Chen et al., in 2011, performed a comparative study between cycloplegic and noncycloplegic refraction in Chinese neonates. Cycloplegic retinoscopy, with the combination of 0.5% cyclopentolate and 0.25% phenylephrine eye drops, was done on 81 neonates randomly selected from 185 neonates who had undergone noncycloplegic refraction (nC group). On an average the cycloplegic measurement was more by a mean of +3.0 D: +3.58 D Vs +0.50 D. This study concluded that the Mohindra's technique of non cycloplegic refraction was not sufficiently uncovering the hypermetropia, and thus should be considered inappropriate to assess refractive error in neonates.[24] The authors also elaborate that the accommodation in Mohindra's near retinoscopy may vary on the time duration when it is performed, suggesting that in the initial period children do accommodate more, but over two min tend to relax their accommodation. This may explain some of the variation in the different studies. We do not as a routine see or refract such small children, since all the subjects in this study were less than a week old. Therefore, although this study does suggest higher differences, this is quite not representative of the population that most of us are screening in our hospitals in India.

In this era, where most ophthalmologists strongly recommend cycloplegic refraction to unmask hypermetropia completely, Mohindra's retinoscopy technique has not gained much popularity. Hence, studies using noncycloplegic techniques have been far and few.

Recently, Natarajan et al. (2016) did a prospective observational study, very similar to our study, including 500 eyes of 250 patients from 30 to 60 years of age. They have found 99.1% correlation between Mohindra's retinoscopy and static refraction and 98.3% correlation between monocular and binocular subjective refraction. Agreement analysis using Bland–Altman plot showed that on an average Mohindra's near retinoscopy measured 0.39 (1.96) D more hypermetropia in comparison to the static refraction. They proposed Mohindra's near retinoscopy as a quick and effective measure of objective refraction in mass screening scenario taking consideration of time, space, and money.[22]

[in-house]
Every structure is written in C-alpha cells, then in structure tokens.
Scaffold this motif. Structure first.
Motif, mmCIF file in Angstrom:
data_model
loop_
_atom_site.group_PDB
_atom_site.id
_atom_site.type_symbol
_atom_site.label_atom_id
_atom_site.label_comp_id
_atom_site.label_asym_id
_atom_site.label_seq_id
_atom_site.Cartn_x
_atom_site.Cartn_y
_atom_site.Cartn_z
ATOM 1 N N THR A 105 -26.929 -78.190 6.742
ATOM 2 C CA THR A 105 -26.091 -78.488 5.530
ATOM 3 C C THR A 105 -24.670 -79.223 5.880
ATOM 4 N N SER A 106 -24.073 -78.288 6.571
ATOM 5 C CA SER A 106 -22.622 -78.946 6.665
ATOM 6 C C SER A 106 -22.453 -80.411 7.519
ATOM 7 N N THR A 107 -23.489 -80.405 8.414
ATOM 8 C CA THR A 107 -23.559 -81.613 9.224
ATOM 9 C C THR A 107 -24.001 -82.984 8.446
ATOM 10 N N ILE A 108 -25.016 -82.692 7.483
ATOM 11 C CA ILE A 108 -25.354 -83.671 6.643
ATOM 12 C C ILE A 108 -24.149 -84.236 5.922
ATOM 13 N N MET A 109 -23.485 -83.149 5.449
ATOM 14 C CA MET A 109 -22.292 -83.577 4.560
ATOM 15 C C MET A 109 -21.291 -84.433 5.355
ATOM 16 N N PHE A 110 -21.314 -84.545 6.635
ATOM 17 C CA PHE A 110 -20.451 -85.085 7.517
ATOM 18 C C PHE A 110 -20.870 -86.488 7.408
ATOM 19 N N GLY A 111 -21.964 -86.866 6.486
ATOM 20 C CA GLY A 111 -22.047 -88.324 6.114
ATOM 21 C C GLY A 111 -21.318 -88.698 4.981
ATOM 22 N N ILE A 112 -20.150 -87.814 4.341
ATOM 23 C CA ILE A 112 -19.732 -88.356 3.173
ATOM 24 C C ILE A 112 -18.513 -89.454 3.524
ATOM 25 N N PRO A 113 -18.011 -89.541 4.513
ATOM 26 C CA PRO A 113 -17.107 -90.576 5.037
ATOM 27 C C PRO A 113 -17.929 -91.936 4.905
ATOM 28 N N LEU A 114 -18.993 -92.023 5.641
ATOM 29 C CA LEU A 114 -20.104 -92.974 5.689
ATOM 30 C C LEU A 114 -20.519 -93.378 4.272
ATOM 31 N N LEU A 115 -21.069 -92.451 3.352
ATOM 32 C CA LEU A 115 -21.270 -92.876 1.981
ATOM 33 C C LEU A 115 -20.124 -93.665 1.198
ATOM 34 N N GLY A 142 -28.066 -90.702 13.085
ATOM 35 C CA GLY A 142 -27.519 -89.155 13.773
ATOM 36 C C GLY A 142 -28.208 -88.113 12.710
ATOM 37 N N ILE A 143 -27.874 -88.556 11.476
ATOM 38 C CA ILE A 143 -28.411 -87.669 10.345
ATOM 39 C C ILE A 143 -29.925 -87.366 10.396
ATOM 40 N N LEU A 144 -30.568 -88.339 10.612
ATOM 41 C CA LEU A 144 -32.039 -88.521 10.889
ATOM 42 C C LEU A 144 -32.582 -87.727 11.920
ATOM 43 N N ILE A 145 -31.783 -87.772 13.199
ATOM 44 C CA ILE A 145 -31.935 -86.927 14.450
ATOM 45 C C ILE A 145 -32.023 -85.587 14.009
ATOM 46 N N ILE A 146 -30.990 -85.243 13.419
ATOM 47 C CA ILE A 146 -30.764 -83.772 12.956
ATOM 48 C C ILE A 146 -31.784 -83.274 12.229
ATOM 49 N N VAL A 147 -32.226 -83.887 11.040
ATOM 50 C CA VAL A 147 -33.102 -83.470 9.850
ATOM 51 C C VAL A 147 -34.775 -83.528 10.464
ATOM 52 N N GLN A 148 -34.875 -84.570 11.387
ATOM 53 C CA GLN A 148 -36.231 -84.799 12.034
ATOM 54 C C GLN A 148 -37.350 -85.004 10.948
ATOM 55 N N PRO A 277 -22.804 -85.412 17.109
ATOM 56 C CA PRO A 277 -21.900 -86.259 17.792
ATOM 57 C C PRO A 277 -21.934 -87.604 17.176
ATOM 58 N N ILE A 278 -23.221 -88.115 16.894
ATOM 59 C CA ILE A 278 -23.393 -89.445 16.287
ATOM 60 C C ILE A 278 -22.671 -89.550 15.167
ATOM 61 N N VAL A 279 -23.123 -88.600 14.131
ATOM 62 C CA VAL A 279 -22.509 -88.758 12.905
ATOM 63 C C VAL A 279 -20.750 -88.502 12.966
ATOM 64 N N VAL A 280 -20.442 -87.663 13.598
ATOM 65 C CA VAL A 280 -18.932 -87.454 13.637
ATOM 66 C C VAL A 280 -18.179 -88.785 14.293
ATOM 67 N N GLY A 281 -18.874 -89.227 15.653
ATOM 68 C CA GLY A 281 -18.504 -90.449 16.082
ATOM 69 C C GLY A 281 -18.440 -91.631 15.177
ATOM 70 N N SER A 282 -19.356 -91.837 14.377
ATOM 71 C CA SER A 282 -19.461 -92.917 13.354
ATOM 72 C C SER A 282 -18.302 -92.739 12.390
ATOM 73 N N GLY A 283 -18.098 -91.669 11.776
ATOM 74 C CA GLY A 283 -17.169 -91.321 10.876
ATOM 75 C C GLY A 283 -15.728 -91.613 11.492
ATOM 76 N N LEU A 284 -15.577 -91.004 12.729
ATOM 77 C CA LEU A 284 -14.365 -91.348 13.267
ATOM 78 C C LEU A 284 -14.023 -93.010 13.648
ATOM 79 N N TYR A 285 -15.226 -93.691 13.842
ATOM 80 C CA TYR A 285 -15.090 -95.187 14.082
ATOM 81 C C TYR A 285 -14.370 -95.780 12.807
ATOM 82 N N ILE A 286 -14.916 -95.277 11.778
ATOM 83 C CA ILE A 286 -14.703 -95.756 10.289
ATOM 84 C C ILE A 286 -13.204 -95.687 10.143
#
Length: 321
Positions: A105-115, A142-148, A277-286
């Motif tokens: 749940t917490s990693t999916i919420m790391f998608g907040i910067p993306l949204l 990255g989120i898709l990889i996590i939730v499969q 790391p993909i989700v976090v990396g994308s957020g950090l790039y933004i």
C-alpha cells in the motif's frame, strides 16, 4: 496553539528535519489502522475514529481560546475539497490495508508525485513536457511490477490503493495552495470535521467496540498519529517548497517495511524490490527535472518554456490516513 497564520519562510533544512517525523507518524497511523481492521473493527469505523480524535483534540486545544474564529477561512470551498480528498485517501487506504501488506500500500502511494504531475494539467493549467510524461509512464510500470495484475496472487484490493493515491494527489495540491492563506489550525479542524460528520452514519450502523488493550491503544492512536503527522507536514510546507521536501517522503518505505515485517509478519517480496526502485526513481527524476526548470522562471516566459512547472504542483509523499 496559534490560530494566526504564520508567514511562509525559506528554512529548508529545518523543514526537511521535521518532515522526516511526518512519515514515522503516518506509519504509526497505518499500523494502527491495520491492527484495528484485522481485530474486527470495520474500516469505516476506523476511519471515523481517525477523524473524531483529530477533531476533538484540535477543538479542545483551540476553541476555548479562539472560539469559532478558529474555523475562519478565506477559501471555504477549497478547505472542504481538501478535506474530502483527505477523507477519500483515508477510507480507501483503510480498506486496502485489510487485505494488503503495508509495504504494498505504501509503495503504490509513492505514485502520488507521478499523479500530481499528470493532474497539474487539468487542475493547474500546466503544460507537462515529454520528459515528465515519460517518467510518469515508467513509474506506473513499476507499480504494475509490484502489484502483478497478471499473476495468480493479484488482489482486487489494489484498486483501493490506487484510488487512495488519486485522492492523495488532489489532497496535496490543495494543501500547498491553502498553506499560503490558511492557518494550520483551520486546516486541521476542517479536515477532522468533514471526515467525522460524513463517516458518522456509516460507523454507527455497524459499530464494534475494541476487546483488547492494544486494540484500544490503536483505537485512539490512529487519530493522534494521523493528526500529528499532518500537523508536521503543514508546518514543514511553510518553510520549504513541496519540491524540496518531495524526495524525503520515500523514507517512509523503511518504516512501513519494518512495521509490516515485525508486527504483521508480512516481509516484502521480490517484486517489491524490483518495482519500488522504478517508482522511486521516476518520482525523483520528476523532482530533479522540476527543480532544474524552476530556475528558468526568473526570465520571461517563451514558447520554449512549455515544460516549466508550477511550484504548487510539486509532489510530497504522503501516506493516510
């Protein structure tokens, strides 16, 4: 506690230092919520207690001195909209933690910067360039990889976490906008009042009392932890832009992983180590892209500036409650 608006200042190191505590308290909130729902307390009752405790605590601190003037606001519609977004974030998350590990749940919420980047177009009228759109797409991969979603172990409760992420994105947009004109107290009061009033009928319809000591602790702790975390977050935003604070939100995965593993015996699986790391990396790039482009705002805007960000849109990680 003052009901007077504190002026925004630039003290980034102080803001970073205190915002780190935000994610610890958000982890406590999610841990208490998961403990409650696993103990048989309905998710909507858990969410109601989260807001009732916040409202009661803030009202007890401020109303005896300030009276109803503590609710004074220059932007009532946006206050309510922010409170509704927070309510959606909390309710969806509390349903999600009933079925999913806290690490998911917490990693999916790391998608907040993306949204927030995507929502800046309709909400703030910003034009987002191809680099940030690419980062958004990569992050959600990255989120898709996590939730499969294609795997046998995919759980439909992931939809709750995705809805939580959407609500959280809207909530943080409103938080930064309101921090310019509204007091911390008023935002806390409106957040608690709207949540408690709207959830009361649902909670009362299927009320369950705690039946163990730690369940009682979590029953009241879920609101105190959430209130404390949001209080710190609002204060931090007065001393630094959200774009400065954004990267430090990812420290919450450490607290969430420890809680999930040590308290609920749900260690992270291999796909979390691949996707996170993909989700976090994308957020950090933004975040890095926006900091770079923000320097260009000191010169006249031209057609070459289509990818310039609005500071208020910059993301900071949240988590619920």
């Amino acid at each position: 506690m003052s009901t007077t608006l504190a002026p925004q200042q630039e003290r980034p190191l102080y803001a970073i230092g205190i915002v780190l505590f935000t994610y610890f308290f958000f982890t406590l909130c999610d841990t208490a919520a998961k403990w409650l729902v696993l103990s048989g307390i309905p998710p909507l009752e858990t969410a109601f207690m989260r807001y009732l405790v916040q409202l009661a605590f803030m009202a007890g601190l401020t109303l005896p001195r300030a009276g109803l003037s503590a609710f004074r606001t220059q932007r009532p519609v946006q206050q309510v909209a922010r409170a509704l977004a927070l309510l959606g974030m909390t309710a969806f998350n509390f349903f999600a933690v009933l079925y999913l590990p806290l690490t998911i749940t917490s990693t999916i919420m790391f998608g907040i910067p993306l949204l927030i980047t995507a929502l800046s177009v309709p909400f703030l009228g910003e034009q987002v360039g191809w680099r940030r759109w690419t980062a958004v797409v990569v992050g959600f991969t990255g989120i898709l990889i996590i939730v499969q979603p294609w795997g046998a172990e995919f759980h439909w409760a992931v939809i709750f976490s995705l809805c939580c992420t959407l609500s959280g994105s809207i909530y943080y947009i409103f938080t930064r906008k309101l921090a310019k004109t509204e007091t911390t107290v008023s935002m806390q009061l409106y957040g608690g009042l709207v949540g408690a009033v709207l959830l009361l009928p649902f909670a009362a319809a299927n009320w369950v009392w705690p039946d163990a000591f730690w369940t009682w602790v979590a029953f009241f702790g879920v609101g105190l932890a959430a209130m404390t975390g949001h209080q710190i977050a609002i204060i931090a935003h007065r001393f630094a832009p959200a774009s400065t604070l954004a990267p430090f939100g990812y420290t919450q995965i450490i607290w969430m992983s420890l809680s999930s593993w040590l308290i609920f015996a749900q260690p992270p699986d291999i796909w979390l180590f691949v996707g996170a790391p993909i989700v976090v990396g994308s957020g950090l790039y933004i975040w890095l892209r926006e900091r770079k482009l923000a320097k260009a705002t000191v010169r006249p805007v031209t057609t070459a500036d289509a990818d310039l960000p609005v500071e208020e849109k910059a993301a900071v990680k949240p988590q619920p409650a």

In our study the retinoscopy by the two methods was performed by the same refractionist, and therefore there could be a chance of incorporation of examiner bias. Although we masked the data of the MNR from the refractionist, it would have been better to have a different refractionist perform the two techniques. Arguably, on the contrary, that may have introduced interobserver differences. It might have been informative to compare the cylindrical errors, but we avoided the tedious vector analysis that would have been necessary.

  Conclusion Top

We are of the opinion that MNR measurement agrees well with the practice of cycloplegic post cycloplegic refraction. For the mathematically inclined, we have developed a regression equation to predict the standard PCRef spherical equivalents on the basis of that measured by MNR. This is especially true for the children from toddler to early school years. Especially for those within ±4.0 D ametropia [Figure 2]b, this could simply be reduced to: SE on PCRef is 80% of the MNR, rounding off 0.82 to 0.80 D and dropping off the 0.05 subtraction, since it tends to zero, being 1/20th of a diopter.

With the inherent advantage of being quick, drugless, one-visit procedure, and measuring up well with the standard technique, the MNR may be resorted to more often in a clinical setting for routine assessment of children of ages 1–12 years old. In future studies, it would be important to compare the MNR with cycloplegic refraction in those with anisometropia, strabismus, and amblyopes and assess how well it performs, for a more universal adoption. For the moment then, it offers a viable option in routine screening of children.

Financial support and sponsorship


Conflicts of interest

There are no conflicts of interest.

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  [Figure 1], [Figure 2], [Figure 3]

  [Table 1]